How SME’s should prepare for the worst case outcome on the final approach to Brexit’s March deadline?

There is no doubt in my mind that the madness of Brexit will be captured in story and song for many years to come. Whether it be Boris Johnson’s top 10 best-selling distractions of the British people or David Cameron’s best-selling novel ‘Asleep at the Wheel’, the resulting laughter will not dull the pain of exposed businesses who have to deal with the fallout of a no deal exit by the UK from the EU.

So, with such political instability setting the stage for a no deal exit from the EU, what does small to medium enterprises have to worry about after the March deadline? I submit that smaller businesses, in particular, should prepare with some common sense actions to reduce that worry about the risks posed by Brexit to their business. Those preparations should include the following:

Quantify your direct exposure by reviewing your sales ledgers to see how much revenue is generated from doing business with UK customers as a % of overall sales revenue? How much of the UK ledger is > 90 days overdue along with current sales provisions as a % of the overall sales per month?? Assess if you are reliant on UK customers, how quickly you get paid and what drain continuing relationships will place on your profitability through reserving for trade credit, bad debts, FX, etc?? Also, what gross profit margin do you have on your product lines going to the UK? Will they by product line be able to absorb such losses or will they need to be withdrawn from the UK market post Brexit?

Import tariffs are back. Check your tariff guide for UK imports and exports to understand your level of supplemental cost per sales transaction going to the UK based over the prior 12 months by product. Aggregate the tariffs (i.e. by product SKU * product volume) per month so you can see the overall cost of a product been sold to UK customers at current prices pre and post Brexit.

Supply chain. If you use 3rd party supply chain vendors, check with them on price rises post-Brexit and if any increase in price is associated with their routes continuing to pass through the UK to a destination country?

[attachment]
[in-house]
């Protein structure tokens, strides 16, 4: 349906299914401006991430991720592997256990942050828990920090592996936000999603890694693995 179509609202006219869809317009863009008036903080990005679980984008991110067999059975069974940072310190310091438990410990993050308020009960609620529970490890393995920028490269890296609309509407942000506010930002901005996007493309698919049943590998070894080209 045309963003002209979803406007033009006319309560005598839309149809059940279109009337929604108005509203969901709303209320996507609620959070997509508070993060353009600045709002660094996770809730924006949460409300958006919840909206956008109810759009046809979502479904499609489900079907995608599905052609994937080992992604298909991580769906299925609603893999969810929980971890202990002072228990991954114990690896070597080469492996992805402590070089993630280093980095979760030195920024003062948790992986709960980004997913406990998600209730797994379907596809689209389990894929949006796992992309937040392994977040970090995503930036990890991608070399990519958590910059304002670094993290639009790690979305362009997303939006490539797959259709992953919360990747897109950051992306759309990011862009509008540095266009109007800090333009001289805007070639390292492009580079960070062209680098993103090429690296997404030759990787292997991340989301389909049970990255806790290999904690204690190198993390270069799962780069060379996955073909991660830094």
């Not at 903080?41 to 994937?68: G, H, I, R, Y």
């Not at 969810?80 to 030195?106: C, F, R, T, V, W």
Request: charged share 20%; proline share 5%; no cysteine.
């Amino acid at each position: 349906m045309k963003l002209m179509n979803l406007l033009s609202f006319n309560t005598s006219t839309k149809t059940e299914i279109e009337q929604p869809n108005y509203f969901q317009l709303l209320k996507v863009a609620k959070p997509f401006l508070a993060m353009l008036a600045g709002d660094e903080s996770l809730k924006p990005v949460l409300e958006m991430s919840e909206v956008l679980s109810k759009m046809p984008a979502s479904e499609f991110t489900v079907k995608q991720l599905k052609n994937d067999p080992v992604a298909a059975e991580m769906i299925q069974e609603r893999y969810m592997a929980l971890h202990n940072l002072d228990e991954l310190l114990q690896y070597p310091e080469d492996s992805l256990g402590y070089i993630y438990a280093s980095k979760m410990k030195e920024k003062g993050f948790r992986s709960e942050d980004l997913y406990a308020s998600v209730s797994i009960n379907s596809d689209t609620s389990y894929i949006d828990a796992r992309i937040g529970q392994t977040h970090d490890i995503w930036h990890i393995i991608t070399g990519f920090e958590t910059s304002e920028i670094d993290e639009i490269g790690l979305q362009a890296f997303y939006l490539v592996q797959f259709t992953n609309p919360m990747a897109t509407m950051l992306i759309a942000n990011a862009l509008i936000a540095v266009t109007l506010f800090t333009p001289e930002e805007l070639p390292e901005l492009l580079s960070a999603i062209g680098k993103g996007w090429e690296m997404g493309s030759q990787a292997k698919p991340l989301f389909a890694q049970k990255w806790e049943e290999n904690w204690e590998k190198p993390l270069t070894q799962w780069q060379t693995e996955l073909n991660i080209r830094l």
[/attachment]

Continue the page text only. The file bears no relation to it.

FX exposure. Check your business’s use of GBP and can you trade in alternate currencies. Will your vendors trade in a cheaper currency for you? Understand your cost of doing business in GBP and bear in mind that the currency is set to become temporarily unstable compared to prior performance over the next 18 months.

Geo-Politics. Monitor the Brexit debate finding a way to wash out the chicanery and nonsense that comes daily from political quarters. If the actual result is a no deal, how will it unfold in terms of protectionism? Will EU react by upping import tariffs?

Security. There is a baffling ignorance amongst British politicians on the importance of the Good Friday Agreement and how peace in Northern Ireland is underpinned by it. Will a no deal exit lead to breaching the Good Friday agreement and return Northern Ireland to the bombing, murders, and terror? If so, is your customer base going to continue to do business if shipments can be intercepted, delayed or stopped for security reasons? If this happens, do you have the resources available to insure against such losses? Will such breakdowns in security once again find their way to the UK who’s politicians seem to have very short memories on how disruptive the troubles were in Northern Ireland and the UK.

A good way to discuss the above and quantify the risks is to get a company working group together and break out the issues raised in the above areas for starters. Some risk management tips for your process are as follows:

SWOT Analysis breaks out Brexit for your business in terms of its Strengths (external good points), Weaknesses (external bad points), Opportunities (for your company) and Threats (to your company). Map them out on a 4 quadrant chart in a group session and start building your risk register from there validating your assumptions and altering your risk picture as you go.

Risk Register allows you on a spreadsheet to quantify a risk element in terms of low to medium to high risk and its likelihood of it happening (probability) along with its impact on your business.

The case for Brexit forced on the British people via an aggressive campaign led by the UKIP party transformed public fear already present, into outright anger at the EU. The UK government’s embracing of this position is arguably one of the biggest mistakes ever made. This should not sink your business once you take common-sense precautions and continue to trade to your potential. Keep a keen eye on world events.


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